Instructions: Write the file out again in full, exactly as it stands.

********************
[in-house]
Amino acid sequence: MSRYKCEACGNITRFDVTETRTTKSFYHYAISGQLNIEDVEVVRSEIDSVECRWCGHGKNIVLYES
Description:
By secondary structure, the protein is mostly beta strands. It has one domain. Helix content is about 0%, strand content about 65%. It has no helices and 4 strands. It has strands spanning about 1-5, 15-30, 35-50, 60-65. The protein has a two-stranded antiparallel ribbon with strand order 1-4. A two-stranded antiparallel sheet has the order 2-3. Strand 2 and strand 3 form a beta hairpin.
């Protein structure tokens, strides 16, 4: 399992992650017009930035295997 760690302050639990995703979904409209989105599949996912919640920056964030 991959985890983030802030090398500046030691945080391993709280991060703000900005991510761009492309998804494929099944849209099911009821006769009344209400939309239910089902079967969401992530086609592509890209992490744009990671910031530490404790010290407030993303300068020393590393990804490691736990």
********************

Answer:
[in-house]
Amino acid sequence: MSRYKCEACGNITRFDVTETRTTKSFYHYAISGQLNIEDVEVVRSEIDSVECRWCGHGKNIVLYES
Description:
By secondary structure, the protein is mostly beta strands. It has one domain. Helix content is about 0%, strand content about 65%. It has no helices and 4 strands. It has strands spanning about 1-5, 15-30, 35-50, 60-65. The protein has a two-stranded antiparallel ribbon with strand order 1-4. A two-stranded antiparallel sheet has the order 2-3. Strand 2 and strand 3 form a beta hairpin.
């Protein structure tokens, strides 16, 4: 399992992650017009930035295997 760690302050639990995703979904409209989105599949996912919640920056964030 991959985890983030802030090398500046030691945080391993709280991060703000900005991510761009492309998804494929099944849209099911009821006769009344209400939309239910089902079967969401992530086609592509890209992490744009990671910031530490404790010290407030993303300068020393590393990804490691736990």